Not long after a friend of mine learned she was expecting her first child, her husband sought out a job at Facebook. As a dad-to-be, he found the company particularly attractive for its generous paternity leave policy — 17 weeks of paid time off.
That’s the highest, tied with Reddit, among the 13 companies surveyed by BuzzFeed about their parental leave policies — a mix of newer tech companies like Google and LinkedIn, and some of the largest companies in the U.S. by market capitalization, like Walmart, Procter & Gamble, and IBM. The newer companies, on the whole, tended to offer much more generous paid leave policies for both parents; one company surveyed, Boeing, doesn’t offer any fully-paid leave for new parents at all. (For the purposes of this article, BuzzFeed defined paid parental leave as time off with full pay.)
Then again, they don’t have to. The U.S. is among a handful of countries that don’t require employers to offer paid maternity leave. (Paid paternity leave is less universal.) U.S. law mandates only unpaid parental leave regardless of gender.
Except for Facebook and Reddit, every company surveyed offers more paid leave for new moms than for new dads. Parents who create families through adoption or surrogacy — a group that includes many same-sex couples — may also receive less than mothers who give birth.
Any amount of paid parental leave is still a luxury for most American workers. Only 11% of private-sector employees have access to paid family leave, which can include maternity and paternity leave as well as time off to care for a sick relative. These policies don’t always cover same-sex couples and parents.
Even unpaid parental leave is relatively new in the U.S. Employers weren’t required to offer it until the 1993 Family and Medical Leave Act. The law allows men and women to take 12 weeks of job-protected unpaid leave, but various exceptions mean it doesn’t apply to around 40% of workers, according to a report by NPR.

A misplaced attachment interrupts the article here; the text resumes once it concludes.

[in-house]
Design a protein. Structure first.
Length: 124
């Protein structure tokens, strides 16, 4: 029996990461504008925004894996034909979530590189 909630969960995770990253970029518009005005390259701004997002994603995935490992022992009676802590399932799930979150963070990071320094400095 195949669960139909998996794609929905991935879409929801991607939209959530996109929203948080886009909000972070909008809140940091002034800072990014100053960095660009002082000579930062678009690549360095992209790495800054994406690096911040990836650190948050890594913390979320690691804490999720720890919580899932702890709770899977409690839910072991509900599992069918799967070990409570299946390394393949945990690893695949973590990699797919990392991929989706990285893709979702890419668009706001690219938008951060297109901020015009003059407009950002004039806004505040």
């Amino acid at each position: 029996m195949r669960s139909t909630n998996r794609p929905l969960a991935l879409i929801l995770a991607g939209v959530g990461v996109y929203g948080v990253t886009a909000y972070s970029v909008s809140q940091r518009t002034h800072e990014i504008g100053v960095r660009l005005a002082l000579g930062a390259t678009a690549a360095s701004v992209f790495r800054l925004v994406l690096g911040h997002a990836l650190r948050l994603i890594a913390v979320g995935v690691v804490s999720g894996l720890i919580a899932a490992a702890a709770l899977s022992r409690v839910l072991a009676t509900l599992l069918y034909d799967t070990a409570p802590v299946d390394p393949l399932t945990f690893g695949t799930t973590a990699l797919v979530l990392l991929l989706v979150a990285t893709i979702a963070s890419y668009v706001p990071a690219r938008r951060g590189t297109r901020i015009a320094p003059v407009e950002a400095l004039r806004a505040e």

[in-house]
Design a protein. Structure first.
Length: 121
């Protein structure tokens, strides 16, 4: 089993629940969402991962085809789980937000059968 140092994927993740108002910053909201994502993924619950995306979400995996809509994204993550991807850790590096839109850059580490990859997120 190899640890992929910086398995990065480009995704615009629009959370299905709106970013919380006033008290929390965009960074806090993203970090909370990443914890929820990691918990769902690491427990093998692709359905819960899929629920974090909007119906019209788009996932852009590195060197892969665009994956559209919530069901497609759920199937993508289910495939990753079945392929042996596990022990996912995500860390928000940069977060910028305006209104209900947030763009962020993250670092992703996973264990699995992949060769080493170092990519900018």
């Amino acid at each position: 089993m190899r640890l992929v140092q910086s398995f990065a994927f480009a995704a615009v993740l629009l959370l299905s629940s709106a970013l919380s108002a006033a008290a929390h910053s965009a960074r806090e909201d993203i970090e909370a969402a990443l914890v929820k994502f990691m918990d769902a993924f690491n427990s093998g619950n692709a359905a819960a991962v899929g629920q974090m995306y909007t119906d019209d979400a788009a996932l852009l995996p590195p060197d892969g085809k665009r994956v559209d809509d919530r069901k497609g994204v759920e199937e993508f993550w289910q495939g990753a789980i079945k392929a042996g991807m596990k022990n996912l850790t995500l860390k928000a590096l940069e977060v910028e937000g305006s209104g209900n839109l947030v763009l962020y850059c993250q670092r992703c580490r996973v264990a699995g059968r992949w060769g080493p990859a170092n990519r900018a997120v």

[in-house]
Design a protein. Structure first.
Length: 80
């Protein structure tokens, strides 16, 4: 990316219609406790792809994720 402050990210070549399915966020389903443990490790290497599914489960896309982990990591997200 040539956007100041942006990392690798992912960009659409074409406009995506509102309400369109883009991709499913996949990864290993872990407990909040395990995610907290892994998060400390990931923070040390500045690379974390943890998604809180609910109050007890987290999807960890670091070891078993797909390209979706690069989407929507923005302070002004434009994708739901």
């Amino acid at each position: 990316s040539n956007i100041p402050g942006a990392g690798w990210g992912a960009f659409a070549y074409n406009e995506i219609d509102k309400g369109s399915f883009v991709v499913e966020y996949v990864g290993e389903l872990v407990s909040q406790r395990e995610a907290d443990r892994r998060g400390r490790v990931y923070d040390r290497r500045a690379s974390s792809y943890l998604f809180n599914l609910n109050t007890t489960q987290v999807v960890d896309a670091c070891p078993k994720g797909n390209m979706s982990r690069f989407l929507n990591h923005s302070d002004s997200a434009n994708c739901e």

Economists say the lack of paid maternity leave for many women is bad for the country’s bottom line. As the New York Times recently reported, female labor force participation has tapered off after climbing from the 1970s through the 1990s. As the Times notes, in June, the White House Council of Economic Advisers highlighted mandated paid leave — which studies show makes new moms more likely to return to their jobs after giving birth — as a way to counteract this slide.
Some male-dominated tech companies have specifically aimed to retain female employees by offering more generous maternity leave. Google, for example, increased the length of maternity leave, made it fully paid, and cut the attrition of new moms by 50%. But economists also caution that giving too much paid time off — like the longer maternity leaves common in Europe — can actually shunt women out of leadership positions.
Paid paternity leave can also encourage new moms to stay in the workforce, but it’s still relatively rare in the U.S. Younger men like my friend’s husband may help move the needle. A Bentley University survey found that nearly one in five college-educated dads born since 1980 say an ideal career would give them time off to be with their kids.
But for now, multiple months of paid paternity and maternity leave remain a perk for a small slice of American workers — and out of reach for most families.
Sapna Maheshwari, Matthew Lynley, and Katie Notopoulos contributed reporting.
This post was updated to clarify the definition of paid leave.
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